Early Recovery can seem a lot like a diet. Although there are a few things you’re allowed to have, there seems to be many more in which you’re not allowed to indulge without feeling guilty. It isn’t easy to give up a lifestyle you’ve grown accustomed to in exchange for a life with spiritual principles from a spiritual program. If you’re in early recovery from drug addiction or alcoholism, you don’t need to feel discouraged. Every single person you’ve seen in an Alcoholics Anonymous meeting, a Refuge Recovery meeting, or even in the waiting room of your therapist’s office has had to have started from day one without any experience. Just like our drug use was trial and error, so is our recovery.
In the beginning, early recovery can seem monotonous. Wake up, go to a meeting, either go to school, go to work, or go to an outpatient program, then bum around for a couple of hours until the night meeting, go to the night meeting and pray that some of the other folks your age are going to go to the diner or out for ice cream afterwards; otherwise it’s go to sleep and start the cycle over again the next day. Recovery is a routine, but it doesn’t have to be boring.
For starters, now-a-days there are thousands of meetings going on simultaneously all over the world at any given moment. Even in smaller communities where meetings are scarce, there are cyber meetings you can take part of to meet some new people. Groups on Facebook also have a support system of people all over the world who can offer support or advice 24 hours a day. Programs like Refuge Recovery allow us a Buddhist’s perspective on recovery, which serves as a nice supplement or addition to our 12 step recovery. SMART Recovery has also grown rapidly over the past couple of years, with meetings in almost every state in the country, and across the entire planet.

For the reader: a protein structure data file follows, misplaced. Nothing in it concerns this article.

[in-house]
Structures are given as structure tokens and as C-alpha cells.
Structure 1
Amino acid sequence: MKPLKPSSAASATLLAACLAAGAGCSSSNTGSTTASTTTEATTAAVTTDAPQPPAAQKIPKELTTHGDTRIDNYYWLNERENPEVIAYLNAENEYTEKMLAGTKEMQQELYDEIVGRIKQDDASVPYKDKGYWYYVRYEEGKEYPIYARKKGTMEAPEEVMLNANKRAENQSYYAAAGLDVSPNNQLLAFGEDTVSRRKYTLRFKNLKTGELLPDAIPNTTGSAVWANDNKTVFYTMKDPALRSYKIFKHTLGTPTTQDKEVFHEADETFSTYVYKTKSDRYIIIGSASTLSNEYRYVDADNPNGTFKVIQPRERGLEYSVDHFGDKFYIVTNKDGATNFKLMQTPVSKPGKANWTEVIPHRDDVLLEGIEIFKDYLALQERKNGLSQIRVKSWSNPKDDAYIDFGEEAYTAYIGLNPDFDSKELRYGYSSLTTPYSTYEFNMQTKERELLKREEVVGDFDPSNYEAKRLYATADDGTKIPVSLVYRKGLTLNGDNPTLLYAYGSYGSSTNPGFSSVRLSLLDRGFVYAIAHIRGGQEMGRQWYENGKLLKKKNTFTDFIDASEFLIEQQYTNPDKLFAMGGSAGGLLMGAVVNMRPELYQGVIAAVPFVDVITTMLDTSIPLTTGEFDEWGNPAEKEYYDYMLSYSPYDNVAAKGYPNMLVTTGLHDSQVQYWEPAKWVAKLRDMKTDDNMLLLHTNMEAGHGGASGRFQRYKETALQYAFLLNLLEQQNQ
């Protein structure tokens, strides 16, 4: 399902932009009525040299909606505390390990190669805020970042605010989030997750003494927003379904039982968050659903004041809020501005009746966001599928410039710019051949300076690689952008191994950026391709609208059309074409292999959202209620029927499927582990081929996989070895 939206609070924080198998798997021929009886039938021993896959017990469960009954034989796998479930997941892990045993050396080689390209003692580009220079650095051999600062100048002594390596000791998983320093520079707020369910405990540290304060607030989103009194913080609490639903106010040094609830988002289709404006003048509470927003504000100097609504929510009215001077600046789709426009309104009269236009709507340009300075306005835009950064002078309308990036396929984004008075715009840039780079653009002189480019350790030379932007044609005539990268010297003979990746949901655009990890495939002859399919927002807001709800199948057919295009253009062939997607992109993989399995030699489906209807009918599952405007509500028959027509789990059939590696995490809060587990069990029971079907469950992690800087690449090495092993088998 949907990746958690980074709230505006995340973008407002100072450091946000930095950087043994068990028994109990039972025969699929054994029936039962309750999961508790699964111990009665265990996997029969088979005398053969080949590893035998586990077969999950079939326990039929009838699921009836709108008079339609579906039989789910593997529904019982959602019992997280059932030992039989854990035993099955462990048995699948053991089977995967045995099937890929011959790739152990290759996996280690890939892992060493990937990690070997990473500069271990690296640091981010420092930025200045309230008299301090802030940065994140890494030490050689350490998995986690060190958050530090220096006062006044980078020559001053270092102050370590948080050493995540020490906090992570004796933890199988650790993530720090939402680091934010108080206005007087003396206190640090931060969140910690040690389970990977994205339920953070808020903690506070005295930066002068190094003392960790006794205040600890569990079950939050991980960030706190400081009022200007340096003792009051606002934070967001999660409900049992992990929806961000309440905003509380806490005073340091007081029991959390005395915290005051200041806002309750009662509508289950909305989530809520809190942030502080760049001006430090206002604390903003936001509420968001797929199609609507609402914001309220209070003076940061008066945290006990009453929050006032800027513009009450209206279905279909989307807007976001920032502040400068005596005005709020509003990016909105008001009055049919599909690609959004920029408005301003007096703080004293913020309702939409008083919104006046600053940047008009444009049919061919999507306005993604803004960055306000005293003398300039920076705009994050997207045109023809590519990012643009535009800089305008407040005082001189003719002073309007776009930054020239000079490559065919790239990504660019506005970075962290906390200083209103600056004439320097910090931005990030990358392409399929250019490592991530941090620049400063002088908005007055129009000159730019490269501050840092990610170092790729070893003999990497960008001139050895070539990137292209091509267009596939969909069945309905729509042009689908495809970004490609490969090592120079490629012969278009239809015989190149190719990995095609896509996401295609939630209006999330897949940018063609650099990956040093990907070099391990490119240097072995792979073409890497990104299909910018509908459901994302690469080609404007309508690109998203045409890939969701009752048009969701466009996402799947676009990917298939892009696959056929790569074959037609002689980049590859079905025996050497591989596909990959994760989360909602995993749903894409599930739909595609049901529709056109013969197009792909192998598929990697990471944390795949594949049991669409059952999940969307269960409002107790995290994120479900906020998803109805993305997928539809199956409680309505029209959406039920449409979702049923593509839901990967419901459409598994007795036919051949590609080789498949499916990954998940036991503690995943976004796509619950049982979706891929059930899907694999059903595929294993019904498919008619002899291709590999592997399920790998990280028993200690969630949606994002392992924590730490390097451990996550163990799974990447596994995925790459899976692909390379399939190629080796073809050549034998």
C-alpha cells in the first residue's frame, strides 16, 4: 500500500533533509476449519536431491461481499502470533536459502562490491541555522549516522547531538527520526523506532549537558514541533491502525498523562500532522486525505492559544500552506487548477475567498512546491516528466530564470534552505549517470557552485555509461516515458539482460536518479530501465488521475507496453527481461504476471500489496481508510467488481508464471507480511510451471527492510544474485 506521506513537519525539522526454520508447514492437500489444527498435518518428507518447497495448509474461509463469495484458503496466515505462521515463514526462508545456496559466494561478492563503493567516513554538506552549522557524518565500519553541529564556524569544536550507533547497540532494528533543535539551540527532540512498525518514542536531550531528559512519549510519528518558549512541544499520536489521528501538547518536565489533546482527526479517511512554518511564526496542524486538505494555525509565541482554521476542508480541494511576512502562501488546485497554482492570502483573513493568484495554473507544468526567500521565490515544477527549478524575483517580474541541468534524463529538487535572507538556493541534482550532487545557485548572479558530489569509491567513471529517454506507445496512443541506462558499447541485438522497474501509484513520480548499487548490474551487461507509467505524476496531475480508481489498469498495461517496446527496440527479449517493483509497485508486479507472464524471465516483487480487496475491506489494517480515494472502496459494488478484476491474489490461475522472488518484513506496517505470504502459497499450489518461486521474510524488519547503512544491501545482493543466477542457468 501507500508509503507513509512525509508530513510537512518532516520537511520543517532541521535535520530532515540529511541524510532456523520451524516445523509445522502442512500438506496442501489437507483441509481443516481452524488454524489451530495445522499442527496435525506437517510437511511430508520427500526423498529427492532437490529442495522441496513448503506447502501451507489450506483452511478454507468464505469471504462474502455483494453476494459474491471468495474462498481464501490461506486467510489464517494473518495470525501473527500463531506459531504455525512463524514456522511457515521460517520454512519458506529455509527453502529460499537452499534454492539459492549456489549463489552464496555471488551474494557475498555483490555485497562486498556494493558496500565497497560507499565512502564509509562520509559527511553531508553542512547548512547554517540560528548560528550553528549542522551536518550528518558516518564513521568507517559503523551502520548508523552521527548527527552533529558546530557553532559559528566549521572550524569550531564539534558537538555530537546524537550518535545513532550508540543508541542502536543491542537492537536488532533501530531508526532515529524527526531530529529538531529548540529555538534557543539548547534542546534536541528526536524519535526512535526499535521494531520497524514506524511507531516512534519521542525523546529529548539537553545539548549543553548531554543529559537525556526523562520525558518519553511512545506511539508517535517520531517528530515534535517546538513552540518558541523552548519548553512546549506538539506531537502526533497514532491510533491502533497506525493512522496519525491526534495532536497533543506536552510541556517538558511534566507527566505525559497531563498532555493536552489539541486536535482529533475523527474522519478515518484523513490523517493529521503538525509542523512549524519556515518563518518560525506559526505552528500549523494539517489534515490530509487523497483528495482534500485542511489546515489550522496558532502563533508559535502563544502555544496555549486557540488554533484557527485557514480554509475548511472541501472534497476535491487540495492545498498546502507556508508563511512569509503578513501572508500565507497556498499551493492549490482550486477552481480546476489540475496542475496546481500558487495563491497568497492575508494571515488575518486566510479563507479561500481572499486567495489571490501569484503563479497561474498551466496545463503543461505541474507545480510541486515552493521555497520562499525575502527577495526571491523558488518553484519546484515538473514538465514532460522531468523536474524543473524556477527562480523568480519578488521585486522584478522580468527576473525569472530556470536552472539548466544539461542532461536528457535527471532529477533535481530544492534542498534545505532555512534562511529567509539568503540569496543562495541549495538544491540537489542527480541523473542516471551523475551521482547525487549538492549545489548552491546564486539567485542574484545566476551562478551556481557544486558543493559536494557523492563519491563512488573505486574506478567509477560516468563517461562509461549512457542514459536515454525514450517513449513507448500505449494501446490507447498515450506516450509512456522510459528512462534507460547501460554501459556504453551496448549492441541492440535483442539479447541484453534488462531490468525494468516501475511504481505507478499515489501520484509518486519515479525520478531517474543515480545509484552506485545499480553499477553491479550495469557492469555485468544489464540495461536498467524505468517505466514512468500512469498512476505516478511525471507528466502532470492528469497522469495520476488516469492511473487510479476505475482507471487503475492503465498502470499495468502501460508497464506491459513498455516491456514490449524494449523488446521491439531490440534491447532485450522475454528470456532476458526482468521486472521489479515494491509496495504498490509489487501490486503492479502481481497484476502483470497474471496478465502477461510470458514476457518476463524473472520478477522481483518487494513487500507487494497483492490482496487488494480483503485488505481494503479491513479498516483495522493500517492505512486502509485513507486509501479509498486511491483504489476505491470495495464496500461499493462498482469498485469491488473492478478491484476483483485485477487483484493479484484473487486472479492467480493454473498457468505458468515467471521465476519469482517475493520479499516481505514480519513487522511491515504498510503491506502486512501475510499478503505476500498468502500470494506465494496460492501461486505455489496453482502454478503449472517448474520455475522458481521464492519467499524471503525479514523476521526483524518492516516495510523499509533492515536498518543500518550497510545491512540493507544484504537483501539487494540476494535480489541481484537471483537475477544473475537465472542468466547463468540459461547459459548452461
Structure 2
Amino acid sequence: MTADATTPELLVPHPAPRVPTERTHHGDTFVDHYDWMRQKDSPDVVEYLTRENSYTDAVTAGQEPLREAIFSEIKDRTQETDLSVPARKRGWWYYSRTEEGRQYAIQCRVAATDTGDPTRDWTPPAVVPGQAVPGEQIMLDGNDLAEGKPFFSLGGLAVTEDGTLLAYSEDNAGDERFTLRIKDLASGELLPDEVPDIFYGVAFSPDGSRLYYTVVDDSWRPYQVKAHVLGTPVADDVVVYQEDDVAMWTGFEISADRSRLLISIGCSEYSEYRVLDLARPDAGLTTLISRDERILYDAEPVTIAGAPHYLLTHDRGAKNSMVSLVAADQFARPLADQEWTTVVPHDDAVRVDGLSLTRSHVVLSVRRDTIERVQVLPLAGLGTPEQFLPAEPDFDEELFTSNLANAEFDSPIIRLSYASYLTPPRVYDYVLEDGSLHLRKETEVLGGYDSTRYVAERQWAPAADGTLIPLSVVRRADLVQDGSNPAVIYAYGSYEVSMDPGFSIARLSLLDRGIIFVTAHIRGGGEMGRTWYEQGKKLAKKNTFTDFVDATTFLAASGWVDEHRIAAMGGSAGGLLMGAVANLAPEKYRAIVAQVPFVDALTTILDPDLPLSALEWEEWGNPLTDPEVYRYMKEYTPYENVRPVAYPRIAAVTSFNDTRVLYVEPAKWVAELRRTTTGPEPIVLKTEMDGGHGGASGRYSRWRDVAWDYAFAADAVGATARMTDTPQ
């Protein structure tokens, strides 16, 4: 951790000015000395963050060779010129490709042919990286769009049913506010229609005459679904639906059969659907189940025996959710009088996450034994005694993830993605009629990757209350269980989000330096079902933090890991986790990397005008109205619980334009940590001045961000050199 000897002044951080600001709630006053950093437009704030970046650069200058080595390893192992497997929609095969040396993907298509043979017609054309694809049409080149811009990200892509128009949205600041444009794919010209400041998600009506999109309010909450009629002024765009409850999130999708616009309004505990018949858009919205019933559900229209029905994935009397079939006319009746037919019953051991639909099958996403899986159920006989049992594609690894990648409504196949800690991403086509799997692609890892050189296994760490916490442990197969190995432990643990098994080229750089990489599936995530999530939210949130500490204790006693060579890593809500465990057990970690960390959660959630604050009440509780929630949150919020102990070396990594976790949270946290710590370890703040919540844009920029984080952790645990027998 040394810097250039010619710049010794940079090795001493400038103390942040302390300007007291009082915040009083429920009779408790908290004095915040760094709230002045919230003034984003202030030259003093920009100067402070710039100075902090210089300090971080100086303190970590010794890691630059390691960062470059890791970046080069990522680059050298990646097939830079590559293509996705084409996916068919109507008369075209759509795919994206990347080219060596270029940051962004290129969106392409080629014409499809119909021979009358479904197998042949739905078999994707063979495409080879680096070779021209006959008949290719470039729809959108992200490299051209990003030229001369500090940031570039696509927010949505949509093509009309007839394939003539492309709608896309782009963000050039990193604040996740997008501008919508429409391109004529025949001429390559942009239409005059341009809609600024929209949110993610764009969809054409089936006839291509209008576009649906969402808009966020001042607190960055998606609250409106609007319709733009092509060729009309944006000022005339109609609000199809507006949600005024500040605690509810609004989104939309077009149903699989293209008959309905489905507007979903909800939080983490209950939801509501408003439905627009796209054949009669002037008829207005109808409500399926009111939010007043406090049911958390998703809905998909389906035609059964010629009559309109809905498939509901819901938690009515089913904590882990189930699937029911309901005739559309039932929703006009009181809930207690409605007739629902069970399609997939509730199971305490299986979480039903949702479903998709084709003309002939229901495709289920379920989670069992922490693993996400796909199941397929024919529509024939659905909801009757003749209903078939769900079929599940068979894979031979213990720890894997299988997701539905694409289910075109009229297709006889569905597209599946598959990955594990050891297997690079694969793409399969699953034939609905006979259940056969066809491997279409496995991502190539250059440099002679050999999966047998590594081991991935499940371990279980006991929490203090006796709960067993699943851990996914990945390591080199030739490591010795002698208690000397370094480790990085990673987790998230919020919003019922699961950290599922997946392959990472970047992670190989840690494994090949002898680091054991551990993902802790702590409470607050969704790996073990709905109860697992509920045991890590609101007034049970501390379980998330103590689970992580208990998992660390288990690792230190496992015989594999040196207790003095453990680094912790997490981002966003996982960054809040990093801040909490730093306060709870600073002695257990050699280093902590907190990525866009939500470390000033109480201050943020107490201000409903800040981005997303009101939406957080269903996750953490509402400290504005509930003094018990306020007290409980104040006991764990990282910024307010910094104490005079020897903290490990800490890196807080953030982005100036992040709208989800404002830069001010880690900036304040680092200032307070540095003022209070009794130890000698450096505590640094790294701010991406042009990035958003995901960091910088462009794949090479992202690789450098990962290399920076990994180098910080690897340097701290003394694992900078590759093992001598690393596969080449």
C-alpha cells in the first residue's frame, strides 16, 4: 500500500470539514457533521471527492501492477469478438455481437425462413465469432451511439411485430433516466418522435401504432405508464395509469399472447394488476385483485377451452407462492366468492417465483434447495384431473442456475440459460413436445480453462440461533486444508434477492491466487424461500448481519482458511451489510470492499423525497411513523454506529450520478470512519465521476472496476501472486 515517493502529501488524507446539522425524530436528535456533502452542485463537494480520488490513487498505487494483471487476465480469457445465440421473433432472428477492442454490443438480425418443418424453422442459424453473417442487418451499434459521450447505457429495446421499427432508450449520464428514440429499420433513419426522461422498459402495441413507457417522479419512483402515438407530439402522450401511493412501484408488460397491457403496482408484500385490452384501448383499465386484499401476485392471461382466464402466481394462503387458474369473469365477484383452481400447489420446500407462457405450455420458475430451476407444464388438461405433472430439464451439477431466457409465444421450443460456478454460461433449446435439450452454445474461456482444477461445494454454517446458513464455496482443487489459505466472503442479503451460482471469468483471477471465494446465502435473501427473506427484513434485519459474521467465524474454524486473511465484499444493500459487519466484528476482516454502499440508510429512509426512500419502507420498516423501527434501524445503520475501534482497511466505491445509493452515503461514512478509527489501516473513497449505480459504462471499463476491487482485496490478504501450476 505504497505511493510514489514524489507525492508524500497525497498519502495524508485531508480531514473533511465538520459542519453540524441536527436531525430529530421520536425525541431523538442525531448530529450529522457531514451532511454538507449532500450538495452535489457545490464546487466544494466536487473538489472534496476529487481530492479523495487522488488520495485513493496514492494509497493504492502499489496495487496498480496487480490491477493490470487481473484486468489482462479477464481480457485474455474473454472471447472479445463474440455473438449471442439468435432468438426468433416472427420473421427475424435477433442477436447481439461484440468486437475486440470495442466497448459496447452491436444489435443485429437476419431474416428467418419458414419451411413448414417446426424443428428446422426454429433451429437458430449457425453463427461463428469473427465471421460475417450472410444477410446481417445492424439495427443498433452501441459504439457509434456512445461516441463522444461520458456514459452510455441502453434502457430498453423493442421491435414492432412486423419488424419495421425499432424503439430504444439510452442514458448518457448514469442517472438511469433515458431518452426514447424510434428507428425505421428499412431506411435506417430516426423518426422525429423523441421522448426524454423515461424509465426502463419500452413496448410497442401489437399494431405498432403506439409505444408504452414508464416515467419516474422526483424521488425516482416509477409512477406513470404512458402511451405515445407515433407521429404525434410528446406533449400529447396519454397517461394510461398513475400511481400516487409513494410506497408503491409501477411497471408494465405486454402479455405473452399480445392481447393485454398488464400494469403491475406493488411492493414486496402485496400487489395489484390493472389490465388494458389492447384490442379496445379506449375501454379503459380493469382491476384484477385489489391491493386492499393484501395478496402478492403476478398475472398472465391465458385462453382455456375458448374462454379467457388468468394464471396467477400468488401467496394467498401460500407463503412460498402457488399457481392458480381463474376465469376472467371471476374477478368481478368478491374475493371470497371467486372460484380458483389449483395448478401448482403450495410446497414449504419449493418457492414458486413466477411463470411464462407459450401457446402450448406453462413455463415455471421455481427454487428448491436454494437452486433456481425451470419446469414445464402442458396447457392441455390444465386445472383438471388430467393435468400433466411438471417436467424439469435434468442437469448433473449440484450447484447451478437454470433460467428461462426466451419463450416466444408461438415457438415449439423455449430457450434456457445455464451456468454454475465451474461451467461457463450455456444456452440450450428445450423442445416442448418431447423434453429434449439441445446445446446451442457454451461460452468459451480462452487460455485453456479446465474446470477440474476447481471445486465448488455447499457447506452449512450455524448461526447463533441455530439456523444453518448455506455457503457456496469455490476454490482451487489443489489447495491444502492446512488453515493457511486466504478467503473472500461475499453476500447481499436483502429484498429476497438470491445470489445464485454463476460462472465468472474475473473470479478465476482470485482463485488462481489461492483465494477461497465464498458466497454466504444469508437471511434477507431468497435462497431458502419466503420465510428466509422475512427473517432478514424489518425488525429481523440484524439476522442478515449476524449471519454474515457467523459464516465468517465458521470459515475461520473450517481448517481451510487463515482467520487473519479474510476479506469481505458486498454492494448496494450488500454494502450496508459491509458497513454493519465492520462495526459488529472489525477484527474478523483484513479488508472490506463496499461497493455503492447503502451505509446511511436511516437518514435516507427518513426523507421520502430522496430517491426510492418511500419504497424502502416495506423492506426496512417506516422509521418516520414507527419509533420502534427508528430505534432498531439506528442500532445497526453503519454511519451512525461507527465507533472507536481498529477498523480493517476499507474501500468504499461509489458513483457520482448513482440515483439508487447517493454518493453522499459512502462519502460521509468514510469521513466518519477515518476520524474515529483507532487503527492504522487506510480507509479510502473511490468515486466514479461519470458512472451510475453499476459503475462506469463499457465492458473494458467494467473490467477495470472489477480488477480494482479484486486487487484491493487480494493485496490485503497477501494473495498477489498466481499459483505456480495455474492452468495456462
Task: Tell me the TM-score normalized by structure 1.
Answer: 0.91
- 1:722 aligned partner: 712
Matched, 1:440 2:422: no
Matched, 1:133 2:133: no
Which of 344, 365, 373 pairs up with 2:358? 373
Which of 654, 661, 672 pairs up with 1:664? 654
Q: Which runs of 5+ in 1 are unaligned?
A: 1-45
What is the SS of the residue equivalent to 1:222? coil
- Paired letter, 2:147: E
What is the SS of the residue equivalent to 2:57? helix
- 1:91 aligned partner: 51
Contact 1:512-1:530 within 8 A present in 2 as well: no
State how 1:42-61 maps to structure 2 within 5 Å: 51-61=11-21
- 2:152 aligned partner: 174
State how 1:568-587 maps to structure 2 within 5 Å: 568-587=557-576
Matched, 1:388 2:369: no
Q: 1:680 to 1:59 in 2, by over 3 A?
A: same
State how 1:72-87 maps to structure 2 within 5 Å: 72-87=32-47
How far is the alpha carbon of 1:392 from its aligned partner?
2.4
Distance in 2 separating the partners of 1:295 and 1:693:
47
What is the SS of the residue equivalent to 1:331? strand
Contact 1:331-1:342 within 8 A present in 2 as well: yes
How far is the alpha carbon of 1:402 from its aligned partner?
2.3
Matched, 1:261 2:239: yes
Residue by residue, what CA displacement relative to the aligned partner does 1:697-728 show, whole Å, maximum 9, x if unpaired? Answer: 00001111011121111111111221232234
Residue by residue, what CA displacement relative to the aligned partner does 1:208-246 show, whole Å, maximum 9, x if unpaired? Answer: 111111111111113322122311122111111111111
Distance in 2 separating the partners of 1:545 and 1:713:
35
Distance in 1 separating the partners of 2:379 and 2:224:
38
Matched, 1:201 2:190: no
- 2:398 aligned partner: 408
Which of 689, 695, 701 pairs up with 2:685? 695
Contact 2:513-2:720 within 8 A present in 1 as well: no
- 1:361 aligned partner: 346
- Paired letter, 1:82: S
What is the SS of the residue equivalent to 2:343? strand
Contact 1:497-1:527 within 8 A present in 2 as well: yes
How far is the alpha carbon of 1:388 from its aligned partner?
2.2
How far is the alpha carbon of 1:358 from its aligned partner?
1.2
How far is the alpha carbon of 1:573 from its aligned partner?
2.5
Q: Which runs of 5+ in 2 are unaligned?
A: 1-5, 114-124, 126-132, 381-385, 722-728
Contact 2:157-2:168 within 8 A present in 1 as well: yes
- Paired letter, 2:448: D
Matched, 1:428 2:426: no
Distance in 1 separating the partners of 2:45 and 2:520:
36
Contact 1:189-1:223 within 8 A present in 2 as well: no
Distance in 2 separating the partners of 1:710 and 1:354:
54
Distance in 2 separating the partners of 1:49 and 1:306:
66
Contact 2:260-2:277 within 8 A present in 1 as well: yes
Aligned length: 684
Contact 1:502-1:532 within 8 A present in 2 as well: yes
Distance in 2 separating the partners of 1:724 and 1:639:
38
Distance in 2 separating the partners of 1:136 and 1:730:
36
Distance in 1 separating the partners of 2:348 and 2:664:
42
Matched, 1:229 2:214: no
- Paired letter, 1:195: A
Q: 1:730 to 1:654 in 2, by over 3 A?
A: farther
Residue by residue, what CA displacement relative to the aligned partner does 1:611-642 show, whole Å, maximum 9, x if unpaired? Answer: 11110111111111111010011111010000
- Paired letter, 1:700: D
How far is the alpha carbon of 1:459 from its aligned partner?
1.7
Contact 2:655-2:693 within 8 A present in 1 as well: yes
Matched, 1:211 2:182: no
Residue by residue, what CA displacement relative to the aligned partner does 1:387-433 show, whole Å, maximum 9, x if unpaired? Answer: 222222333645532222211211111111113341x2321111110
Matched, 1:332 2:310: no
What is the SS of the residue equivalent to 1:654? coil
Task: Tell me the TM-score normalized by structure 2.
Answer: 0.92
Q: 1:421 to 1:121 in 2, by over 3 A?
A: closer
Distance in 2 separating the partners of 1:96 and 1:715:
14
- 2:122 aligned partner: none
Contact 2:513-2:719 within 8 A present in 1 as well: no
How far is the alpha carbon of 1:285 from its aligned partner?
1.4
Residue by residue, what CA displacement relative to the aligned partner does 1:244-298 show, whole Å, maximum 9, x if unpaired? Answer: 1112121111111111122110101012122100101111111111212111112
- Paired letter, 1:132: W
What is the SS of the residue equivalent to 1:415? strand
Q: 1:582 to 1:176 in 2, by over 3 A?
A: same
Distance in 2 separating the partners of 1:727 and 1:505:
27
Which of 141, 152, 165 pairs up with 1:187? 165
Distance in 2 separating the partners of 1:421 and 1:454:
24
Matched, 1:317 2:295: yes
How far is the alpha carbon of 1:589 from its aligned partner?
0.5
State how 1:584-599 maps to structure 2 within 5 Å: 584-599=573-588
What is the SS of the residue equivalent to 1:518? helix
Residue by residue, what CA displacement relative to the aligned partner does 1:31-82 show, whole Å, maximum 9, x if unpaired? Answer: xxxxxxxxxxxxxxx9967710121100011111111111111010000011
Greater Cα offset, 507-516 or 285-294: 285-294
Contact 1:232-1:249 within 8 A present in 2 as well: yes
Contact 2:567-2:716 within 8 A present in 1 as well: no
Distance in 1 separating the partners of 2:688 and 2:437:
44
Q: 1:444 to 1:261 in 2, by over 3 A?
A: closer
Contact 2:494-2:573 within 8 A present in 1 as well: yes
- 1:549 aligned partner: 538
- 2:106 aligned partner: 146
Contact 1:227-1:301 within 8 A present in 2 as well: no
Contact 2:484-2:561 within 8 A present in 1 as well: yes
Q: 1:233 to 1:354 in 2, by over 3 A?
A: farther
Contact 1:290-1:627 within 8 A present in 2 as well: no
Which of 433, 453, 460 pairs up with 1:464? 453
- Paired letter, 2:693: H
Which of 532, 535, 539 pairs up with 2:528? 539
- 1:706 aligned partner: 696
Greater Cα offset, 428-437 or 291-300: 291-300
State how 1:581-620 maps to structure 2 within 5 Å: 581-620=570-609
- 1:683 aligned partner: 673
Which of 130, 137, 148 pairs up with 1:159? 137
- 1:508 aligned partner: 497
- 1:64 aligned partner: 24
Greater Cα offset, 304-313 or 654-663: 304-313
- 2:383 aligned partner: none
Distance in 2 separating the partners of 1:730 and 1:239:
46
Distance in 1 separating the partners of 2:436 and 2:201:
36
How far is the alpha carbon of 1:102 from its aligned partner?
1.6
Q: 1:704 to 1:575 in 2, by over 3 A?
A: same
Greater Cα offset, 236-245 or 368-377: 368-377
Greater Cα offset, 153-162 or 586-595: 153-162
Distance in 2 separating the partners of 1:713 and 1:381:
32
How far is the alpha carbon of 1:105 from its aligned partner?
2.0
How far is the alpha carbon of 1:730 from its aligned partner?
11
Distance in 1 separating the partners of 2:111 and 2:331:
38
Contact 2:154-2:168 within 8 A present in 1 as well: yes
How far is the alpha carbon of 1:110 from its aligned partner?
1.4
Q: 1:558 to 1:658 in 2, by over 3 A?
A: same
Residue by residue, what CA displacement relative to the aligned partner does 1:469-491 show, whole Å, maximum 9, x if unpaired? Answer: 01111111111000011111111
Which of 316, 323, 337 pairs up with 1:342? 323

Although therapy doesn’t seem like what you’d like to do on Friday night, a weekly therapy appointment can actually help break the monotony of your recovery. By allowing a therapist to work with you on some fundamental issues that may or may not have led to your alcoholism and drug addiction, valuable insight may be gained from regular sessions. Many times, alcoholics and drug addicts have more issues than simply drugs and alcohol. For most of us, drugs and alcohol were a means of self-medicating that eventually stopped working over time. If we explore the root causes of our addictions with a therapist, we grow increasingly likely to stay sober and to become happier.
Fun in Recovery
There are ways to have fun in recovery, even though we don’t always recognize this at first. For most of us, we coupled drugs or alcohol with our “fun” activities. When we begin to build a new life clean and sober, it can be difficult to imagine having fun without substances. Whether you enjoyed hiking, hanging out with friends, going to concerts, or anything else, you’ll find that the clean life requires a new outlook on enjoying yourself.
This takes personal investigation. You may find that you can do the same activities you once enjoyed, but do them sober. With a sober group of friends, you can build a community of like-minded people who enjoy the same activities. On the other hand, you may discover new things that bring you joy. You may find you like being active, enjoy different music, or find relaxing time to be fun. The key here is to be open to a new experience, and have a beginner’s mind. We don’t always know exactly what we want or need, so it can help to try new things!